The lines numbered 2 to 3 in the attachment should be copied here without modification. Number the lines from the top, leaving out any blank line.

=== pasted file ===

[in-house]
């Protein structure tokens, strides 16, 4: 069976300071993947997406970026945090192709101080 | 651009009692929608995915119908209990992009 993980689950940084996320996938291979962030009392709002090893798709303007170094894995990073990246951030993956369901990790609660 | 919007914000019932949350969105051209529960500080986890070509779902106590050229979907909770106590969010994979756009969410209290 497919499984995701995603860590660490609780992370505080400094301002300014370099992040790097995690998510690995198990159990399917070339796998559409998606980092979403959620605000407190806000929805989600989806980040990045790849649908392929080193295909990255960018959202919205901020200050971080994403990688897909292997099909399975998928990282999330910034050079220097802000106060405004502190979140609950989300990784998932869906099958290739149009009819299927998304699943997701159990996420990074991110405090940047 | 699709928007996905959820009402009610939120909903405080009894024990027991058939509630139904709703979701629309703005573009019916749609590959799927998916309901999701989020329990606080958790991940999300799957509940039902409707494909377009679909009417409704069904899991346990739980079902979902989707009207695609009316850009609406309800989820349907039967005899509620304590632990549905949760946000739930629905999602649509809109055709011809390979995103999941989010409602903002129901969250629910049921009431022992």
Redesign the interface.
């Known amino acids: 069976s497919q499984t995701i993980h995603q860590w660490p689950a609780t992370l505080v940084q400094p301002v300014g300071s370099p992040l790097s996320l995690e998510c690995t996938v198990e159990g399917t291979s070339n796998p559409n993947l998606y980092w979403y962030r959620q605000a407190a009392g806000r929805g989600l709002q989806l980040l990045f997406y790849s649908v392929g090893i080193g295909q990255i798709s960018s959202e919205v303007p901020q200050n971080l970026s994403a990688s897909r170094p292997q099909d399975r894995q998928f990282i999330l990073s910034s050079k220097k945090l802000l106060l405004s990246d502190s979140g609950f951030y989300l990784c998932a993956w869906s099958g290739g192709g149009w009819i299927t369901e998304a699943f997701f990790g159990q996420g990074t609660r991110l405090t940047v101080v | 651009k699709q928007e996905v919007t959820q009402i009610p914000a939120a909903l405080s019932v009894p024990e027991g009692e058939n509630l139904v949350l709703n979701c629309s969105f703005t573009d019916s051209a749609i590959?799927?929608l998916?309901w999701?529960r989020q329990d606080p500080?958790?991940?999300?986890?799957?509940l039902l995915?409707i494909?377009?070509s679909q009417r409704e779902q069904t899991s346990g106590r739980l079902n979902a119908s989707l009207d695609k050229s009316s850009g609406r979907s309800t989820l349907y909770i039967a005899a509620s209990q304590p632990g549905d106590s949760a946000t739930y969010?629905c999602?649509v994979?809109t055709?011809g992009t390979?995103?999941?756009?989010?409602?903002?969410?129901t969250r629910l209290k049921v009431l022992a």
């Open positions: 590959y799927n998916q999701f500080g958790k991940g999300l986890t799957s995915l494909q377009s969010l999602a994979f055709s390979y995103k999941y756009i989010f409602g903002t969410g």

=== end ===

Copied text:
């Protein structure tokens, strides 16, 4: 069976300071993947997406970026945090192709101080 | 651009009692929608995915119908209990992009 993980689950940084996320996938291979962030009392709002090893798709303007170094894995990073990246951030993956369901990790609660 | 919007914000019932949350969105051209529960500080986890070509779902106590050229979907909770106590969010994979756009969410209290 497919499984995701995603860590660490609780992370505080400094301002300014370099992040790097995690998510690995198990159990399917070339796998559409998606980092979403959620605000407190806000929805989600989806980040990045790849649908392929080193295909990255960018959202919205901020200050971080994403990688897909292997099909399975998928990282999330910034050079220097802000106060405004502190979140609950989300990784998932869906099958290739149009009819299927998304699943997701159990996420990074991110405090940047 | 699709928007996905959820009402009610939120909903405080009894024990027991058939509630139904709703979701629309703005573009019916749609590959799927998916309901999701989020329990606080958790991940999300799957509940039902409707494909377009679909009417409704069904899991346990739980079902979902989707009207695609009316850009609406309800989820349907039967005899509620304590632990549905949760946000739930629905999602649509809109055709011809390979995103999941989010409602903002129901969250629910049921009431022992």
Redesign the interface.